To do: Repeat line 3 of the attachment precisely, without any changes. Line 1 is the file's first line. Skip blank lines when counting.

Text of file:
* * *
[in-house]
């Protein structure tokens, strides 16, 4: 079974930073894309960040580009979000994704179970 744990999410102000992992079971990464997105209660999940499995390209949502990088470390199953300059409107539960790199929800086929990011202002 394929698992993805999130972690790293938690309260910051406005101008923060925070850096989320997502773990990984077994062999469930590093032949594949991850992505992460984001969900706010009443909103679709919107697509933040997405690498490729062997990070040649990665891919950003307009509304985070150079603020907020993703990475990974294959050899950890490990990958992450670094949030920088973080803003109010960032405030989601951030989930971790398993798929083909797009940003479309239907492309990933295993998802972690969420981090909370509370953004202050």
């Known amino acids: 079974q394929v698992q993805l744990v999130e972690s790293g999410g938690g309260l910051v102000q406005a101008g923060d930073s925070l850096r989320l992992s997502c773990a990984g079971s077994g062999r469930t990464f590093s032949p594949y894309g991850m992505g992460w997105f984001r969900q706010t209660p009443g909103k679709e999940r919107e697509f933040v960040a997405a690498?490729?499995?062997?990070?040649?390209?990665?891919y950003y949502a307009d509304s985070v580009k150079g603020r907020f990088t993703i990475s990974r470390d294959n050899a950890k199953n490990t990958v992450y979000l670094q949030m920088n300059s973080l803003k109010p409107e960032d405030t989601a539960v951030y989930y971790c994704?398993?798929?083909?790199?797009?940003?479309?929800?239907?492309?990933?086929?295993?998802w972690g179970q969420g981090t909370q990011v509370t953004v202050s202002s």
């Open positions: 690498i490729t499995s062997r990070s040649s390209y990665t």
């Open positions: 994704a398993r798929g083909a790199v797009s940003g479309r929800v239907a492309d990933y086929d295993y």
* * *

């Known amino acids: 079974q394929v698992q993805l744990v999130e972690s790293g999410g938690g309260l910051v102000q406005a101008g923060d930073s925070l850096r989320l992992s997502c773990a990984g079971s077994g062999r469930t990464f590093s032949p594949y894309g991850m992505g992460w997105f984001r969900q706010t209660p009443g909103k679709e999940r919107e697509f933040v960040a997405a690498?490729?499995?062997?990070?040649?390209?990665?891919y950003y949502a307009d509304s985070v580009k150079g603020r907020f990088t993703i990475s990974r470390d294959n050899a950890k199953n490990t990958v992450y979000l670094q949030m920088n300059s973080l803003k109010p409107e960032d405030t989601a539960v951030y989930y971790c994704?398993?798929?083909?790199?797009?940003?479309?929800?239907?492309?990933?086929?295993?998802w972690g179970q969420g981090t909370q990011v509370t953004v202050s202002s």